I saw Jenny, then Elle as I entered the second out and back section close to the end, and I could swear I saw Jack Murray, but Jenny assured me that it was a Jack Murray Doppelgänger in Florida. Then as I was intently riding down the side of a highway Jenny and Elle pulled up next to me in the truck to get some action pictures.
I dunno what happened during the last 1/2 hour of the ride (but I have my suspicions and it has something to do with that nasty Powerbar Perform sports drink), but suddenly my stomach was all wonky and I started getting a headache. I really didn’t want to run a marathon with a headache and nausea. This has never happened to me on a ride -not on a long ride, not on a hard ride.
I took it easy the last 4 miles in, I wouldn’t have gained more than seconds and I wanted to try to let my stomach and head settle. As I turned onto S. Thomas Street – the road to transition, I remembered my new easy to get out of button/cable cycling shoes. What the heck. Might as well try to take my shoes off on the bike for the first time in my life after a very successful Ironman bike leg. The shoes are really easy to get out of and I had no problem getting them off my feet and leaving them on my bike when I dismounted (now it was no flying squirrel dismount, but it wasn’t ugly either).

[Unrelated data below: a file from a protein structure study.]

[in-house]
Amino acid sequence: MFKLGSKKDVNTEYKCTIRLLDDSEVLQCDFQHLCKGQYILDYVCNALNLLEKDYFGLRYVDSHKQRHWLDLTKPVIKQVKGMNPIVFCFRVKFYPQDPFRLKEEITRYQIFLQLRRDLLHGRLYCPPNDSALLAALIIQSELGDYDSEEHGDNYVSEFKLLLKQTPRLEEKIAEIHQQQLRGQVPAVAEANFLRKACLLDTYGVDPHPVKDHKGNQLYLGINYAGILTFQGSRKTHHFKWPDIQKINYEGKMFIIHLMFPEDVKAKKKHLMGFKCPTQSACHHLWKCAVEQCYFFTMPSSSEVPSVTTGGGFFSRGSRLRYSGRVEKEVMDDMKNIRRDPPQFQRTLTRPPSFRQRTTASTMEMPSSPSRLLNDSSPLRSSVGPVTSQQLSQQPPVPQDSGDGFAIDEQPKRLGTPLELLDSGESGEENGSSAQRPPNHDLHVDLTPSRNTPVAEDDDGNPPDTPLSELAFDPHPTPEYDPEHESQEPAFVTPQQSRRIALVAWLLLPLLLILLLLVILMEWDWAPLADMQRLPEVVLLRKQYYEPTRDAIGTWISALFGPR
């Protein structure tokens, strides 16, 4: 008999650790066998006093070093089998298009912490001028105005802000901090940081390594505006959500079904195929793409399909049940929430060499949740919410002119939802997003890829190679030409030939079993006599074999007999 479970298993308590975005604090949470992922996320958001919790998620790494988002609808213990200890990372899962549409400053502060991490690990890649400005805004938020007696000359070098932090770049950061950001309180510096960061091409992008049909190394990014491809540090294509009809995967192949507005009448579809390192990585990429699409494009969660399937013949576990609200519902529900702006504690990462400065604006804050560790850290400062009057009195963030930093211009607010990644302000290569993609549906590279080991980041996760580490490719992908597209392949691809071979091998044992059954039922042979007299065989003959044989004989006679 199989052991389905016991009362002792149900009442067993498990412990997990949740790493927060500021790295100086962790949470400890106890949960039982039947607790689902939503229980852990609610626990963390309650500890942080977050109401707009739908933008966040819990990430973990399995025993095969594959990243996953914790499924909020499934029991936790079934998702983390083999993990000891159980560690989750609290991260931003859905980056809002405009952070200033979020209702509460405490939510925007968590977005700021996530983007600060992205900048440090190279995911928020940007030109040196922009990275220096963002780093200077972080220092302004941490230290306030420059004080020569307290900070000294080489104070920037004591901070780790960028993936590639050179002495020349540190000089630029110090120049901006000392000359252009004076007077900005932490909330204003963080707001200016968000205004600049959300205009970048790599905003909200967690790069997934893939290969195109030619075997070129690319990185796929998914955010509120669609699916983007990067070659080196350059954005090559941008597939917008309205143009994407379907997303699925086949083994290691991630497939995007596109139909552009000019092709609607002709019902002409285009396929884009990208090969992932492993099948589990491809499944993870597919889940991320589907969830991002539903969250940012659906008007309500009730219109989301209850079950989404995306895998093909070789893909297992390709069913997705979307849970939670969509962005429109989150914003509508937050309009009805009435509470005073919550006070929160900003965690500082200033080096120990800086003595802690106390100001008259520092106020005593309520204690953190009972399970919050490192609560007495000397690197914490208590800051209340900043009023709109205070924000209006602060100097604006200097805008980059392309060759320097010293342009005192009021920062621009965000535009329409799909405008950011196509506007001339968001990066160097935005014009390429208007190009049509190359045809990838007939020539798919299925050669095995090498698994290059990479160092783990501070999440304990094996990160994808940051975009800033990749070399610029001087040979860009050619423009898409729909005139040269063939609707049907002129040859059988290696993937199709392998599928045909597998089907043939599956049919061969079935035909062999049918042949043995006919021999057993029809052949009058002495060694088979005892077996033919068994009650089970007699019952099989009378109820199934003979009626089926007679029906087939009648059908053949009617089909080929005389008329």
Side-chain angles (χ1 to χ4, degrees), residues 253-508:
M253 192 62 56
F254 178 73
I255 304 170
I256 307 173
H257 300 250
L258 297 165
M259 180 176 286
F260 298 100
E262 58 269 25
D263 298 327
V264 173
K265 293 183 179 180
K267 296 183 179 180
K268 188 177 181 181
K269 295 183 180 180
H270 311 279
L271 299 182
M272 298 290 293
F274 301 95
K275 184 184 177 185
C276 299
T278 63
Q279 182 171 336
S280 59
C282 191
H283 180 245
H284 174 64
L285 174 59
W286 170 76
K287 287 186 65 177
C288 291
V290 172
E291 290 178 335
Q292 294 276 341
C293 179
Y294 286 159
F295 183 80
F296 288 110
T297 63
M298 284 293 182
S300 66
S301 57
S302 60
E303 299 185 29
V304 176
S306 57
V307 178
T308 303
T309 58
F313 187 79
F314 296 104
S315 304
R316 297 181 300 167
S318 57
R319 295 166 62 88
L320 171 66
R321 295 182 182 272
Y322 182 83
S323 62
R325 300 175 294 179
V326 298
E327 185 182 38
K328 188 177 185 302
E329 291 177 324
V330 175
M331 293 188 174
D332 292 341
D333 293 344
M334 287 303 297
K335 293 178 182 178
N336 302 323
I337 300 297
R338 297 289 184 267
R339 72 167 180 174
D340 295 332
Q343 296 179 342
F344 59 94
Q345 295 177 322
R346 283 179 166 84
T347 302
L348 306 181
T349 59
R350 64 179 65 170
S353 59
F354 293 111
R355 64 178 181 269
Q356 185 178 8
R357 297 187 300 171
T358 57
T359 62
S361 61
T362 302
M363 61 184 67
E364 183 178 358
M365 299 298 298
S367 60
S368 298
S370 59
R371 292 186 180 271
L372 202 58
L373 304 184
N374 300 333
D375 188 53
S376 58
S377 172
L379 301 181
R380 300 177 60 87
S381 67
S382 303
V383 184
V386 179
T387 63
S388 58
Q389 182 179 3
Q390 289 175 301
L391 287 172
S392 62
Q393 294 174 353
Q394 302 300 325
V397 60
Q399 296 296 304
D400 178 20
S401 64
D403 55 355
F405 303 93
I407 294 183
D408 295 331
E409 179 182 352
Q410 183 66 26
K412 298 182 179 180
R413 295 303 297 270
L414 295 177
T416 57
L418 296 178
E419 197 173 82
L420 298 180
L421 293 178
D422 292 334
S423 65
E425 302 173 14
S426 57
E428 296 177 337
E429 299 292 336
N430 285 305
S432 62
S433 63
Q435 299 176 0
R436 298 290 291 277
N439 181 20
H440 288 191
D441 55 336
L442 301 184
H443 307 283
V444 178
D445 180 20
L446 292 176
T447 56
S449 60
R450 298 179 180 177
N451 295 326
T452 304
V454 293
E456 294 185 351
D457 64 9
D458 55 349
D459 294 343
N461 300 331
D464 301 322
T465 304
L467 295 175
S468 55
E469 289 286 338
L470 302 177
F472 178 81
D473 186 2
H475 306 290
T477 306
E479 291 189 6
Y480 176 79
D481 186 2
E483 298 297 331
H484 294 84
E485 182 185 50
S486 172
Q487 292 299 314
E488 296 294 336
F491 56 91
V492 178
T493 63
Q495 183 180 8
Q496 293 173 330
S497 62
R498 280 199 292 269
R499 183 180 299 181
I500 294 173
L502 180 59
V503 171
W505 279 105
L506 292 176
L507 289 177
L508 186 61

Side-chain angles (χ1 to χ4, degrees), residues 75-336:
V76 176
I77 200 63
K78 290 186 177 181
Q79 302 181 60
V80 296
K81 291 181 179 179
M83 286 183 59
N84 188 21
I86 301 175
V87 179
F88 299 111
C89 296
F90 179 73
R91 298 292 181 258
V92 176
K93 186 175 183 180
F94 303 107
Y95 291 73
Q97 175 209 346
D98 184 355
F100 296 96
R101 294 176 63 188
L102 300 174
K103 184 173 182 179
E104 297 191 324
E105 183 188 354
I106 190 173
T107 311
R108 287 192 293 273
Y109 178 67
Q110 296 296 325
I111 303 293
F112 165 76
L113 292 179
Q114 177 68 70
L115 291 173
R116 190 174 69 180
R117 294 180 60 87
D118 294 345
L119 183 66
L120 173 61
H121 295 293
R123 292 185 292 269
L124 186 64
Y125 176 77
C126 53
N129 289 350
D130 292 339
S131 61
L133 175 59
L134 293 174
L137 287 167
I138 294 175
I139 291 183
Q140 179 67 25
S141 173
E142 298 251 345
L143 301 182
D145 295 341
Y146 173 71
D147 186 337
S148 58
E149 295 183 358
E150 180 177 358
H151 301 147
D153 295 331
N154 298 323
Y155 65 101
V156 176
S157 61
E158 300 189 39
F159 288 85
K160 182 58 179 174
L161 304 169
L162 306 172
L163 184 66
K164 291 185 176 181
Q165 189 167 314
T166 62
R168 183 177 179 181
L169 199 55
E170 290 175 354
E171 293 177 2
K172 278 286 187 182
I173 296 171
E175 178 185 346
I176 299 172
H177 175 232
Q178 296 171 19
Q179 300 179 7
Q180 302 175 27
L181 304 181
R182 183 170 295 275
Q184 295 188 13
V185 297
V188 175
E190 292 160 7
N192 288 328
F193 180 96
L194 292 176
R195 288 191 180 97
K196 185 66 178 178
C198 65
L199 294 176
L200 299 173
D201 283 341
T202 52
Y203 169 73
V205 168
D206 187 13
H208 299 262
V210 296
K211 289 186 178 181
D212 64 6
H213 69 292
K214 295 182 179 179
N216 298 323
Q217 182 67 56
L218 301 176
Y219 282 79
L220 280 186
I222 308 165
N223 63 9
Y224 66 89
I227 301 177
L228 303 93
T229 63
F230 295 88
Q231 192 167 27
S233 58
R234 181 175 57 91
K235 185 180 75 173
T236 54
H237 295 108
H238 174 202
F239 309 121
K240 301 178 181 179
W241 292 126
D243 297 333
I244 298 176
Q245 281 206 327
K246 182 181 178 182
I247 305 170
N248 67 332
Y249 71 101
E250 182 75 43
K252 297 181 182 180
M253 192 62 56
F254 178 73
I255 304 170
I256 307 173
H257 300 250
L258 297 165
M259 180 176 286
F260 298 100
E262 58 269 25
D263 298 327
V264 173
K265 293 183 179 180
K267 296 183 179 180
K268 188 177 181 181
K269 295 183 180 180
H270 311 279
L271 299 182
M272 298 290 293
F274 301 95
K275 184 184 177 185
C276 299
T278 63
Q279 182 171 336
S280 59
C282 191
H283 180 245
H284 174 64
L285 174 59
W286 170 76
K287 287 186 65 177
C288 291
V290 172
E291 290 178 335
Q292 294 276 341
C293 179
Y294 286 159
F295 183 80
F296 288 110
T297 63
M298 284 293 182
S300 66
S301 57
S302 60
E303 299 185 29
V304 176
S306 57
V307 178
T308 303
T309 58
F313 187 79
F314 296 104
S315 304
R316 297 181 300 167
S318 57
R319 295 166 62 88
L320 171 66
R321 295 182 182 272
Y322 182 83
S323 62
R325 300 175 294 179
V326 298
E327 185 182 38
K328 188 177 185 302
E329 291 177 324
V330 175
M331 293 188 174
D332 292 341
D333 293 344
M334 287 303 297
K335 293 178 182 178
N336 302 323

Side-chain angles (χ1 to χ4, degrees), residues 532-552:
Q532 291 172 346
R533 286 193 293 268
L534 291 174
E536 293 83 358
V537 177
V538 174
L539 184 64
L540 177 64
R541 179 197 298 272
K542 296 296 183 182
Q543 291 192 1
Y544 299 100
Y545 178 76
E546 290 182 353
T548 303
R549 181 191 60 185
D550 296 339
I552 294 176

Bike time: 5:48:00 – 27 minutes and 1.4 mph faster this year than 2010
In my socks I grabbed my T2 bag and ran into the changing tent. It was pretty warm out, but I did change into a running singlet which I knew would not ride up and drive me crazy during the run. A volunteer fogged me with sunscreen while another put my Garmin on my wrist, got my running shoes on, grabbed my 10 oz ‘squirt water on my head’ water bottle and was out. Well, not quite out. My tummy was wonky, so I jumped into a port-o-john to see if I could make anything happen. Total bust, but at least I knew that would not be an issue on the run. So I just had to worry about puking.
T2 – 4:47 with a bathroom break, meh not bad and over 6 minutes faster than 2010.
Cue up “Tumbling Tumbleweed” music.
The run is an out and back X 2, with a turn around in the park, then a turn around close to the finish line. You run down Thomas Dr in a little neighborhood, then cross into a longer neighborhood, where you run for a while, then cross back into another beach neighborhood right before you hit the park. The TZ crew was at the 1ish mile marker. So I saw them when I started, then back at mile 12 ish, then out at mile 14ish.